Diphenhydramine predominantly works via the antagonism of H1 (Histamine 1) receptors [
Diphenhydramine predominantly works via the antagonism of H1 (Histamine 1) receptors [9, 10, 11, 15, 5]. Such H1 receptors are located on respiratory smooth muscles, vascular endothelial cells, the gastrointestinal tract (GIT), cardiac tissue, immune cells, the uterus, and the central nervous system (CNS) neurons [9, 10, 11, 15, 5]. When the H1 receptor is stimulated in these tissues it produces a variety of actions including increased vascular permeability, promotion of vasodilation causing flushing, decreased atrioventricular (AV) node conduction time, stimulation of sensory nerves of airways producing coughing, smooth muscle contraction of bronchi and the GIT, and eosinophilic chemotaxis that promotes the allergic immune response [9, 10, 11, 15, 5].
Ultimately, diphenhydramine functions as an inverse agonist at H1 receptors, and subsequently reverses effects of histamine on capillaries, reducing allergic reaction symptoms [9, 10, 11, 15, 5]. Moreover, since diphenhydramine is a first-generation antihistamine, it readily crosses the blood-brain barrier and inversely agonizes the H1 CNS receptors, resulting in drowsiness, and suppressing the medullary cough center [9, 10, 11, 15, 5].
Furthermore, H1 receptors are similar to muscarinic receptors [9, 10, 11, 15, 5]. Consequently, diphenhydramine also acts as an antimuscarinic [9, 10, 11, 15, 5]. It does so by behaving as a competitive antagonist of muscarinic acetylcholine receptors, resulting in its use as an antiparkinson medication [9, 10, 11, 15, 5].
Lastly, diphenhydramine has also demonstrated activity as an intracellular sodium channel blocker, resulting in possible local anesthetic properties . Read more
Diphenhydramine is quickly absorbed after oral administration with maximum activity occurring in app... Diphenhydramine is quickly absorbed after oral administration with maximum activity occurring in approximately one hour [6, 13]. The oral bioavailability of diphenhydramine has been documented in the range of 40% to 60%, and peak plasma concentration occurs about 2 to 3 hours after administration [6, 13]. Read more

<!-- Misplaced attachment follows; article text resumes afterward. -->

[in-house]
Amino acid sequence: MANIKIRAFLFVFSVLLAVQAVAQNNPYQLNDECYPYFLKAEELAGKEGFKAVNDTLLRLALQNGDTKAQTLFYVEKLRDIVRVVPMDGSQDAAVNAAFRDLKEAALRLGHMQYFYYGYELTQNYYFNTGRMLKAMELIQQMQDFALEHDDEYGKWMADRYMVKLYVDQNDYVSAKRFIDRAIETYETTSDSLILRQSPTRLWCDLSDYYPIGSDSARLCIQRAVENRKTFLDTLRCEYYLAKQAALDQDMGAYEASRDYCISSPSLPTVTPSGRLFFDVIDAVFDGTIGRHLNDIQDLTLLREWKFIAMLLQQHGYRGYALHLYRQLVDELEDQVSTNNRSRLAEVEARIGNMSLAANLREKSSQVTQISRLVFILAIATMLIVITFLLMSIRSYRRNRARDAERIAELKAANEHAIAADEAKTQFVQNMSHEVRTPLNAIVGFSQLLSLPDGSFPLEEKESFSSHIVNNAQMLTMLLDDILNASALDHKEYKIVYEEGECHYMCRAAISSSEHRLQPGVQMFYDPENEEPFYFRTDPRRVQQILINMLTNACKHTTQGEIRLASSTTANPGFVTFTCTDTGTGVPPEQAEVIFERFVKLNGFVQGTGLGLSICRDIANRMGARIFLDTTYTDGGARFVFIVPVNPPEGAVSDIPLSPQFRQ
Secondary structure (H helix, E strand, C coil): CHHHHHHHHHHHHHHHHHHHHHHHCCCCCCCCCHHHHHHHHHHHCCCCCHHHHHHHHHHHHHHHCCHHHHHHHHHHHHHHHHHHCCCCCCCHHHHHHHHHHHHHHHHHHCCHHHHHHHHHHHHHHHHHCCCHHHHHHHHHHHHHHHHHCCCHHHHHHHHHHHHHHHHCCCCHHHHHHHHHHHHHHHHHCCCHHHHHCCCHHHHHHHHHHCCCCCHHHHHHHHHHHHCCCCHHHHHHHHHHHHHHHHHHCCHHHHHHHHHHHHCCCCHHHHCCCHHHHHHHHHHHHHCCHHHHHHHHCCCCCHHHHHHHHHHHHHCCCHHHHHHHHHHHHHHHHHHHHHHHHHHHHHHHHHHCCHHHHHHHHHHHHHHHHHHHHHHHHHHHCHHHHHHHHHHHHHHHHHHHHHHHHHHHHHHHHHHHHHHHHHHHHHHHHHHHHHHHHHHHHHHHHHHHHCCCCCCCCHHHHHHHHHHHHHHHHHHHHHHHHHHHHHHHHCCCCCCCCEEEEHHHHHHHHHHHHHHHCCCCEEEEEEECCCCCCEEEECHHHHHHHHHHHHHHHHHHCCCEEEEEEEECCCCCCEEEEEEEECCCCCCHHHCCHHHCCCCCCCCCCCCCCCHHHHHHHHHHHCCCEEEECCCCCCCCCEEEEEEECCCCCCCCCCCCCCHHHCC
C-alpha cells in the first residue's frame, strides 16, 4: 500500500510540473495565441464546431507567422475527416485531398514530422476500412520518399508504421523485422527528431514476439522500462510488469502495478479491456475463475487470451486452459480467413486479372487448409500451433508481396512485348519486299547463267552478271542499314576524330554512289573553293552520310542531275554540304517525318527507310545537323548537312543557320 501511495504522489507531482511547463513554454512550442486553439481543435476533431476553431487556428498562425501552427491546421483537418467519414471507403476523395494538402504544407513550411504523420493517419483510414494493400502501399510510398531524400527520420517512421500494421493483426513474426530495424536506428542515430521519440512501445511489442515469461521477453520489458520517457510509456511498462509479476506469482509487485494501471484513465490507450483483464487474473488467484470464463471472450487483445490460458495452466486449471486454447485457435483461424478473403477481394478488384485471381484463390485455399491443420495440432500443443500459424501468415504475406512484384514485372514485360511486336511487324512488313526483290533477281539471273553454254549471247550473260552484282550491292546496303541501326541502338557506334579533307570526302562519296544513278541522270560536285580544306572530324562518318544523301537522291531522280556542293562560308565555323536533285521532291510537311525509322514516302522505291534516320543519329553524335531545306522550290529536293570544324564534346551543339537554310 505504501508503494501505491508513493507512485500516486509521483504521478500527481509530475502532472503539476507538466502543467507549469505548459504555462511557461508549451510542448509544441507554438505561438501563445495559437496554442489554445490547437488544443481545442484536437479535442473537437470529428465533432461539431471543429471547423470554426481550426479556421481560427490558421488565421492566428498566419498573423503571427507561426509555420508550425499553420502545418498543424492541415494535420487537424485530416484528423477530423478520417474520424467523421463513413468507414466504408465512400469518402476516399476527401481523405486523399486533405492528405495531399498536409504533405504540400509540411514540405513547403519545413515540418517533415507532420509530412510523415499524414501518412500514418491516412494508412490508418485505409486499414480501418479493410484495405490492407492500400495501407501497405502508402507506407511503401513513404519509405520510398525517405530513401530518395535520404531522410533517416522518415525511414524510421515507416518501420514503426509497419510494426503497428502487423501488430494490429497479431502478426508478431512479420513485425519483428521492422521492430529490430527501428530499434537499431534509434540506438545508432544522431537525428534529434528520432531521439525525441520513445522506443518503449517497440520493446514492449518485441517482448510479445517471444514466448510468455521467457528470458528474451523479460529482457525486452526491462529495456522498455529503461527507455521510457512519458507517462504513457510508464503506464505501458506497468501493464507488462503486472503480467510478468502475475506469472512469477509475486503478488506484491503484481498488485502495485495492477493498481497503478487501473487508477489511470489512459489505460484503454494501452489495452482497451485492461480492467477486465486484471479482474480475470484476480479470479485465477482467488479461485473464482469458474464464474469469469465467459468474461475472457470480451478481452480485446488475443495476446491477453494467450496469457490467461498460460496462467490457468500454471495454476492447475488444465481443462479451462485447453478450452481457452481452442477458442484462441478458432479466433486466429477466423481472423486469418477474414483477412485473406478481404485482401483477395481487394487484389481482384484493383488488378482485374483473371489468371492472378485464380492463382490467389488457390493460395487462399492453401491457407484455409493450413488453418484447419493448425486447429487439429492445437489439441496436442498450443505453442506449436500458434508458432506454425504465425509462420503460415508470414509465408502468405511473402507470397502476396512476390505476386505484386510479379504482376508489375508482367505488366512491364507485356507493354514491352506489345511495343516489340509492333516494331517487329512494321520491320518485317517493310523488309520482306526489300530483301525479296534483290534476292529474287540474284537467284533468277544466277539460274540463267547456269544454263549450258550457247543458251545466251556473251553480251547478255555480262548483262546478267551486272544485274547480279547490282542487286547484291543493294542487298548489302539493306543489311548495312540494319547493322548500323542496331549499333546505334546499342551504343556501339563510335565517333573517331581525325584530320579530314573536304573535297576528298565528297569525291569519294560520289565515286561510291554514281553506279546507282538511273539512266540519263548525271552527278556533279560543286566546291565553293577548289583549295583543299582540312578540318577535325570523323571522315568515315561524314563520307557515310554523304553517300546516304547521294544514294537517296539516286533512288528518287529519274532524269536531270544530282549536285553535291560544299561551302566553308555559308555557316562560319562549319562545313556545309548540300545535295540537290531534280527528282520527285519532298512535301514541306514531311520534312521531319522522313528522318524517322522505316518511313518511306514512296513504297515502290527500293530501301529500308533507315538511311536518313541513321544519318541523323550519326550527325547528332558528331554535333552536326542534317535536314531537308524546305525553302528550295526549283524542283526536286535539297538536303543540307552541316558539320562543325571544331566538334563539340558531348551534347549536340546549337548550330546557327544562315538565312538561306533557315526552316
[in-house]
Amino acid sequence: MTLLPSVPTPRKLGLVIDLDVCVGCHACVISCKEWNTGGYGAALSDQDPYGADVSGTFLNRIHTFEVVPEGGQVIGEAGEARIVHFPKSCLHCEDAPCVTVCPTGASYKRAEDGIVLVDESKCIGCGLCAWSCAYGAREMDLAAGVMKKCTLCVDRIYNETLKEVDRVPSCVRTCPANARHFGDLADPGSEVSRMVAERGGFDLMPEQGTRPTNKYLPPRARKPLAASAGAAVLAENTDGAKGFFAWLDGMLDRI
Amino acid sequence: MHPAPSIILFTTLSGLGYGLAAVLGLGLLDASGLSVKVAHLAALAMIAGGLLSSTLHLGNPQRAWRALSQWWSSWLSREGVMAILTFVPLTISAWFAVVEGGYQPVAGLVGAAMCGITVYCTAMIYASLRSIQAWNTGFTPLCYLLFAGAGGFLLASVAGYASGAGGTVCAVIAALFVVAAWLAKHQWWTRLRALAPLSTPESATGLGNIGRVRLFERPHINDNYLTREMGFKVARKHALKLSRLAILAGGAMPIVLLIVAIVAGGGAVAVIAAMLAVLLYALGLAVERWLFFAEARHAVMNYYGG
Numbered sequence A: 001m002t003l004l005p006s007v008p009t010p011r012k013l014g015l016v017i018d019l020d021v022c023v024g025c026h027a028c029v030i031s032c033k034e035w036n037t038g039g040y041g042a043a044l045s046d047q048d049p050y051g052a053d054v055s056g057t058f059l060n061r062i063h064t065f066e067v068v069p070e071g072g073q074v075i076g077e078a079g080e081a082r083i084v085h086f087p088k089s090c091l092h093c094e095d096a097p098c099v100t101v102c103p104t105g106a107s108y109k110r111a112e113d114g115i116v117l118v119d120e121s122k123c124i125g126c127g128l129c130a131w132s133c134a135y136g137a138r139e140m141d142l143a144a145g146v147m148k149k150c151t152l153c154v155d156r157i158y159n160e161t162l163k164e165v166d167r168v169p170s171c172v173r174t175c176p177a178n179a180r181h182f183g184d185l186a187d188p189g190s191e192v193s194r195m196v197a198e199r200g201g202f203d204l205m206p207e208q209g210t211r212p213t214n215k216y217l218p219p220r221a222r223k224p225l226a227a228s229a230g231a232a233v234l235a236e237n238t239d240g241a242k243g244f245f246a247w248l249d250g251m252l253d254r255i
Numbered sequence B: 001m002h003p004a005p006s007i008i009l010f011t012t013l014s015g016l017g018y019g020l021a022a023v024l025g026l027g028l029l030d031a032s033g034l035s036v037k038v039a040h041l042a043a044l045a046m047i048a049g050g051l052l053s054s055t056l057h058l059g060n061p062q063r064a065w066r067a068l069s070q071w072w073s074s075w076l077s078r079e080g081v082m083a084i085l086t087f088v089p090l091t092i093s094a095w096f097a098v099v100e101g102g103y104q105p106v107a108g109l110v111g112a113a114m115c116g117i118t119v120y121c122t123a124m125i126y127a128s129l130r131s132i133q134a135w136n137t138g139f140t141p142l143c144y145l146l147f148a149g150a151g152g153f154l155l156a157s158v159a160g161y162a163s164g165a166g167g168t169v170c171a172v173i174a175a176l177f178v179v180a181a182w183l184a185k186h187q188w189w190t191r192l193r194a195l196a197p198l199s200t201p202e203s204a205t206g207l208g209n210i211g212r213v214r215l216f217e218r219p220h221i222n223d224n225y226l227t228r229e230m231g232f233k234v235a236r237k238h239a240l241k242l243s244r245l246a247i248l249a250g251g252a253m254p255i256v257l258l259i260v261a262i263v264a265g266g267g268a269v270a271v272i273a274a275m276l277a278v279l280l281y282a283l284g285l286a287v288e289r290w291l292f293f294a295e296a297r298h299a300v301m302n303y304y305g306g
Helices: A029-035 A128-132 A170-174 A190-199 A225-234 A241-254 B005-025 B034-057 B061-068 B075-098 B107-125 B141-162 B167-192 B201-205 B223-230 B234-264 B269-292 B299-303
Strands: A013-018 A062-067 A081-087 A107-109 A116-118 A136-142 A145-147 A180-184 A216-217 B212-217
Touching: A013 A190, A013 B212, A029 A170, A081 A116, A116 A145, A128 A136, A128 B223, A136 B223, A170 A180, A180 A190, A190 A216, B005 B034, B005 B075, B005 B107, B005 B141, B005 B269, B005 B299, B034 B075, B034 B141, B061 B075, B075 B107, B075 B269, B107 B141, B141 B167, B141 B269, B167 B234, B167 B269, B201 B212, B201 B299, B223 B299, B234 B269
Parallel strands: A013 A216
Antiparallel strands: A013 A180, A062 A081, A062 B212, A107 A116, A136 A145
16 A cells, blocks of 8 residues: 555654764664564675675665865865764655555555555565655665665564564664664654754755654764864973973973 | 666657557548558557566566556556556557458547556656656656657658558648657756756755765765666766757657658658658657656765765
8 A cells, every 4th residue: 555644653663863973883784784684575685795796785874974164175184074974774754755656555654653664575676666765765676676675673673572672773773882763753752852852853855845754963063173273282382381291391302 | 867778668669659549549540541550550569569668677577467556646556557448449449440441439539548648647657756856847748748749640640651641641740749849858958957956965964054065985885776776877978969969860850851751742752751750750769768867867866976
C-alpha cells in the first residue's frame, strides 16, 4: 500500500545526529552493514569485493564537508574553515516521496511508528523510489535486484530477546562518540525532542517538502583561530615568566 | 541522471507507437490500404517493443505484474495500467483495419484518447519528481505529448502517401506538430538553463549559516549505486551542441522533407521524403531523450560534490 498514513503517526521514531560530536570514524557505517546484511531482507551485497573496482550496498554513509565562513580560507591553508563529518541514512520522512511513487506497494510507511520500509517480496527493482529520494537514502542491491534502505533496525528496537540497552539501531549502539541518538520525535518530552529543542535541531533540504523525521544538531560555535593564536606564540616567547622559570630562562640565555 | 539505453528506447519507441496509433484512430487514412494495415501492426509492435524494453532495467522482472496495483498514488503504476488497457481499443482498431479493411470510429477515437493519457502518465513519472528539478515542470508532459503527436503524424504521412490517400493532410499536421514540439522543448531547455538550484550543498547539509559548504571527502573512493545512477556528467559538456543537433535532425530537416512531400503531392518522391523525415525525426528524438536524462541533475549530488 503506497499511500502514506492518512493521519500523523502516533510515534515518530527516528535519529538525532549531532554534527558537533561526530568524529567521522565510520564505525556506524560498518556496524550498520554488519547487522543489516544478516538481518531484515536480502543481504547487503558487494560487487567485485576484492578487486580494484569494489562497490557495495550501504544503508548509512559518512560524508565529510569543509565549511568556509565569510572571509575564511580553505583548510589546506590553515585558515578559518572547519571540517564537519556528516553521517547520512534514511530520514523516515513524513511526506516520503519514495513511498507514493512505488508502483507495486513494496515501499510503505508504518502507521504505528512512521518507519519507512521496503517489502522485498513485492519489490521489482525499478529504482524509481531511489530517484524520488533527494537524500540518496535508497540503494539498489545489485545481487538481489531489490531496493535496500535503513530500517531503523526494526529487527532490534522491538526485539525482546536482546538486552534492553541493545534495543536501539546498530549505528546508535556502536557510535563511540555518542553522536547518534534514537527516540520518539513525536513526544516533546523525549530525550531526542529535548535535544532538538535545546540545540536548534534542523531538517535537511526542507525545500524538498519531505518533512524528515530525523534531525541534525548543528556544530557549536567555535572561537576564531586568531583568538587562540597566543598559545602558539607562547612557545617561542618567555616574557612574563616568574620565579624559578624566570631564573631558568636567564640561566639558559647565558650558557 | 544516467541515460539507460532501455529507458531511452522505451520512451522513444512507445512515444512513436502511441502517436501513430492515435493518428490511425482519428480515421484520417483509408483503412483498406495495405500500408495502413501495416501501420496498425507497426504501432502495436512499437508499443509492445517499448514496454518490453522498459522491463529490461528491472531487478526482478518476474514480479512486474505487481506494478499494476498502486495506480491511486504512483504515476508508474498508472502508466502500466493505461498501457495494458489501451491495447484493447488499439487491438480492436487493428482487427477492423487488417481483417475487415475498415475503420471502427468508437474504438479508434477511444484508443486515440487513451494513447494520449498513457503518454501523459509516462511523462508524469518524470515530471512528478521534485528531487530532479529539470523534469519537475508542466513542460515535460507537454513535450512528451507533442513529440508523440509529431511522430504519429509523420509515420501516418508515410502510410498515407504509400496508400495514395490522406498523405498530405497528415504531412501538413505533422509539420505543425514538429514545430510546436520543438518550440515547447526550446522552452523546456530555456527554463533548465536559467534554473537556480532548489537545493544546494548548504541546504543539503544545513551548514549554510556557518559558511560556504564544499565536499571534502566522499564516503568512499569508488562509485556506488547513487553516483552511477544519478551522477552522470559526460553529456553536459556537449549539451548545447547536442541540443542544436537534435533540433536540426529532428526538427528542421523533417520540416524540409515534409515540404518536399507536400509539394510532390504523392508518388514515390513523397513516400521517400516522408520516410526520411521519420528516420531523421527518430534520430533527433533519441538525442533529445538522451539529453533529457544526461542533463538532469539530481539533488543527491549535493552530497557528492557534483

Some prescribing information records the protein binding of diphenhydramine as approximately 78% [ Some prescribing information records the protein binding of diphenhydramine as approximately 78%  while others have suggested the medication is about 80 to 85%  bound to plasma proteins. Read more
Diphenhydramine is widely distributed throughout the body, including the CNS [ Diphenhydramine is widely distributed throughout the body, including the CNS . Following a 50 mg oral dose of diphenhydramine, the volume of distribution is in the range of 3.3 - 6.8 l/kg . Read more
Values for plasma clearance of a 50 mg oral dose of diphenhydramine has been documented as lying in... Values for plasma clearance of a 50 mg oral dose of diphenhydramine has been documented as lying in the range of 600-1300 ml/min . Read more
The elimination half-life ranges from 2.4-9.3 hours in healthy adults [ The elimination half-life ranges from 2.4-9.3 hours in healthy adults [16, 13]. The terminal elimination half-life is prolonged in liver cirrhosis . Read more
The metabolites of diphenhydramine are conjugated with glycine and glutamine and excreted in urine [... The metabolites of diphenhydramine are conjugated with glycine and glutamine and excreted in urine [12, 13]. Only about 1% of a single dose is excreted unchanged in urine [12, 13]. The medication is ultimately eliminated by the kidneys slowly, mainly as inactive metabolites [12, 13]. Read more